Have you ever thought that an environmentally-friendly diet sucks if it means eating less meat? And do you wonder how much of a difference it even makes if you cut out meat? Let’s look at the latter:
Meat is indeed a very energy-intensive way of feeding ourselves. By becoming vegetarian you would reduce your greenhouse gas emissions from food by about a third. If you are a real meat lover you would almost cut them by half. But it’s also worth knowing that not all meat is equal. By just choosing different types of meat you can reduce your environmental impact quite a bit.
Not all meat is equal
The differences are quite significant. The chart below shows the carbon emission equivalent per kg of meat for different types of meat at farmgate, and the carbon emissions in 1kg of other foods for comparison:
Sources: Environmental Working Group, Meat Eater’s Guide to Climate Change and Health (2011); Natural Capital Ltd. 2009. Life cycle assessment of Scottish wild venison. Scottish Natural Heritage Archive Report No. 024. Both sources provide values for emissions at farm gate, before processing and transportation.
Why are emissions from meat so high?
There are 2 rules to ballpark how much emissions your meat probably caused:
1. How did the animal live?
Farmed animals’ feed has usually been produced somewhere else and transported to the farm. That means that the animals’ food has its own high footprint from farming and transportation, which really adds up over the years. One of the reasons why chicken has a lower footprint than beef is that chickens eat less than cows. Wild animals like deer eat only grass and other naturally growing food. That’s why their impact is also smaller. However, it’s all about the balance. The reason that we farm cattle is that we need so much beef to maintain our diet. If everyone replaces all beef with venison tomorrow, we’ll probably end up in the same bad place again. It’s about variation, and, ultimately, about eating less meat overall.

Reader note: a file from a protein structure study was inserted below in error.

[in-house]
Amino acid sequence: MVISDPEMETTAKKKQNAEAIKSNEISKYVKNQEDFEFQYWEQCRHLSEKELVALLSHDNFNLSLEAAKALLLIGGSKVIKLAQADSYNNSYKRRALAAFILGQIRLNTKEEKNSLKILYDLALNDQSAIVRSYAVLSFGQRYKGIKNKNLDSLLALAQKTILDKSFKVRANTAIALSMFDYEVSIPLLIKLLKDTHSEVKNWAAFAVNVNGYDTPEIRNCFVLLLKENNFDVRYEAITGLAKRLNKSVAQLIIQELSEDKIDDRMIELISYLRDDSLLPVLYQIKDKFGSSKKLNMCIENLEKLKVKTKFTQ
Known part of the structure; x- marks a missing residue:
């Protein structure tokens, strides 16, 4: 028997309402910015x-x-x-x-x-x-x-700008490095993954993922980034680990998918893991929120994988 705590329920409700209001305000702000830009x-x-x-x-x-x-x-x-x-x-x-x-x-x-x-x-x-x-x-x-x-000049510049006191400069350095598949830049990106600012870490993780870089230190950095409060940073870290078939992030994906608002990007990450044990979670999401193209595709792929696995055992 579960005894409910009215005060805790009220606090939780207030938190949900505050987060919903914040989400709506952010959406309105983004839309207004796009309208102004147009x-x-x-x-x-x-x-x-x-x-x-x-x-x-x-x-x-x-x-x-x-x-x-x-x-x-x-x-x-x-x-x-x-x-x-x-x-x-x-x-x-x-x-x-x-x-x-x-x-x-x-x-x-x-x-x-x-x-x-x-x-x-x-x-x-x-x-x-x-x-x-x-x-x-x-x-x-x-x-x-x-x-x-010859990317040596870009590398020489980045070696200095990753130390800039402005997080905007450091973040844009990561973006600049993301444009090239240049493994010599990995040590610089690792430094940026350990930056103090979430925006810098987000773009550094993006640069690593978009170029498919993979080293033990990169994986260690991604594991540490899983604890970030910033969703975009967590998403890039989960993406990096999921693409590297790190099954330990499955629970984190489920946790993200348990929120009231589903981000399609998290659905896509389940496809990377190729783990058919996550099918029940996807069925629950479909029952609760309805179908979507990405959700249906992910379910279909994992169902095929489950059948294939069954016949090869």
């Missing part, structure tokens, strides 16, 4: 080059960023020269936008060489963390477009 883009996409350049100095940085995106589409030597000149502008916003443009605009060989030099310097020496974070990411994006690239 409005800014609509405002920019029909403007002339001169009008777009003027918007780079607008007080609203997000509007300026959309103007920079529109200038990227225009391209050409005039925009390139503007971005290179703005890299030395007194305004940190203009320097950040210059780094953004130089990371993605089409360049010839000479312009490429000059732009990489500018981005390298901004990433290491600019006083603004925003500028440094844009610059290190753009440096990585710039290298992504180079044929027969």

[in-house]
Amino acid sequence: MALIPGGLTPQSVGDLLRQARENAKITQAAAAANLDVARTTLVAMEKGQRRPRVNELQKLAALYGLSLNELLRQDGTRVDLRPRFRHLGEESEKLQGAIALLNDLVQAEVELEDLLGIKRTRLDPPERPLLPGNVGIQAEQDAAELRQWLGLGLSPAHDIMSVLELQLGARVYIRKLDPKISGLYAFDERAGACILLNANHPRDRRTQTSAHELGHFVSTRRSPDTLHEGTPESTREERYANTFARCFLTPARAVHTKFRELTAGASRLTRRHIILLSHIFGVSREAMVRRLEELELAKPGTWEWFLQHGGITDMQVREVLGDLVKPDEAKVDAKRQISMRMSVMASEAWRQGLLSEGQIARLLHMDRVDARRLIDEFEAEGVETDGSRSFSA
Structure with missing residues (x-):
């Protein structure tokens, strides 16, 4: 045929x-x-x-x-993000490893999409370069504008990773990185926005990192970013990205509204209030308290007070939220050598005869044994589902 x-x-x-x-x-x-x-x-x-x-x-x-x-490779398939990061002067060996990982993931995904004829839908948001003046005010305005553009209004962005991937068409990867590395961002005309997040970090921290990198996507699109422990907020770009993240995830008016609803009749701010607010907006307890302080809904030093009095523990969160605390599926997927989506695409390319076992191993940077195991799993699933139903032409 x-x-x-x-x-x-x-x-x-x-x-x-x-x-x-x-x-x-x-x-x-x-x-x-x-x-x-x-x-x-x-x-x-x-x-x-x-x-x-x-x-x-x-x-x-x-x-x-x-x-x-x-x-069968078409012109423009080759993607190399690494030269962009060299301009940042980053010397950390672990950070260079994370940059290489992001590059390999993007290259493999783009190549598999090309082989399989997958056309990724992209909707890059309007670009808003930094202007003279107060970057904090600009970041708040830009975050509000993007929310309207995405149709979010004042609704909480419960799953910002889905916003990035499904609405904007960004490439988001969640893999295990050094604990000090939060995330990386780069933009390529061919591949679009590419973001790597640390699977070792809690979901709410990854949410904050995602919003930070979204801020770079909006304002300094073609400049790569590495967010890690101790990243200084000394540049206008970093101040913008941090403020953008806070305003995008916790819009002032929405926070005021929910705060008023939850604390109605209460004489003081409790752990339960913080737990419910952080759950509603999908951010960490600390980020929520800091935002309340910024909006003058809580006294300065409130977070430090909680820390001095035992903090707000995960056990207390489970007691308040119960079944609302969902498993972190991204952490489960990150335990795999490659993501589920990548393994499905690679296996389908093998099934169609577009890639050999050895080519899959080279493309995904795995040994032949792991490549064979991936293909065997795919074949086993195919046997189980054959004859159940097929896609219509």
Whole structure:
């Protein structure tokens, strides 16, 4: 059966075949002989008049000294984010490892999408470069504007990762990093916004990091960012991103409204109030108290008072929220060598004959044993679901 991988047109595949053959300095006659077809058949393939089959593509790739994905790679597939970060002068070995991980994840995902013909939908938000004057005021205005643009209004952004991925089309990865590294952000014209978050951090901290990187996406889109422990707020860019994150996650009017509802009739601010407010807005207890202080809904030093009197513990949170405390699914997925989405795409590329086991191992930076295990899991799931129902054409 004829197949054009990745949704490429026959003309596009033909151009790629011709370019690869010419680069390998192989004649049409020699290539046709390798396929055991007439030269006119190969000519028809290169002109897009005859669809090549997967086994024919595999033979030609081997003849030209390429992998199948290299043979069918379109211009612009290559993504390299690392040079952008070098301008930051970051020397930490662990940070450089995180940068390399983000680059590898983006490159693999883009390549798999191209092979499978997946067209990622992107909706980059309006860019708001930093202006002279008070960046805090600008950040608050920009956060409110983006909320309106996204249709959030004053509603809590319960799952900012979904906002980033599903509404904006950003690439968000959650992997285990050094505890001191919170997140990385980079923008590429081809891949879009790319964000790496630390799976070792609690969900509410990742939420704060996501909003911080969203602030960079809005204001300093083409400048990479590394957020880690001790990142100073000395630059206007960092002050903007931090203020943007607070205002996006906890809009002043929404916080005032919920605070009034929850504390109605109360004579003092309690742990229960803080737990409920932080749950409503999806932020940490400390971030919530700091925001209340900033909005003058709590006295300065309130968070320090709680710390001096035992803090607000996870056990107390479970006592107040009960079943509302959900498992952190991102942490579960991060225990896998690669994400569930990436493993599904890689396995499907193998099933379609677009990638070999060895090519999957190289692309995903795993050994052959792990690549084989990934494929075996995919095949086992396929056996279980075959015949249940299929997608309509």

2. Does the animal ruminate?
The digestive system of ruminating animals is different from ours. They partly digest food, then bring it back into their mouth, chew it again, and then it goes into their stomach. While doing this, they exhale a lot of methane, which is a very potent greenhouse gas and more or less doubles the footprint of the meat from these animals. Ruminating animals include cattle, sheep, goats, and deer. Again, the best answer is to eat less meat, but eating chicken or pork already improves your footprint by avoiding these methane emissions.
Interestingly, how far the meat has been transported is not very important
Even when meat is transported far, emissions from transportation will likely be < 5% of total emissions. Meat production has such a high footprint that farming methods have a much bigger impact than transportation. Emissions from transportation are mainly relevant for vegetables and fruits that have a short shelf-life after the harvest. For example, asparagus or berries generate almost 0 emissions if grown and consumed locally. However, if they are air-freighted to the UK emissions from transportation will make up > 90% of their total emissions.
Where can you start to reduce your footprint?
Meat supply in the UK has increased by 28% between 1985 and 2015 and in 2015 alone it increased by 5%. Stopping that trend by not eating more meat every year, or going further and reducing meat consumption, is a great start.
Try some of the amazing vegetarian dishes out there. Check out our iPhone App!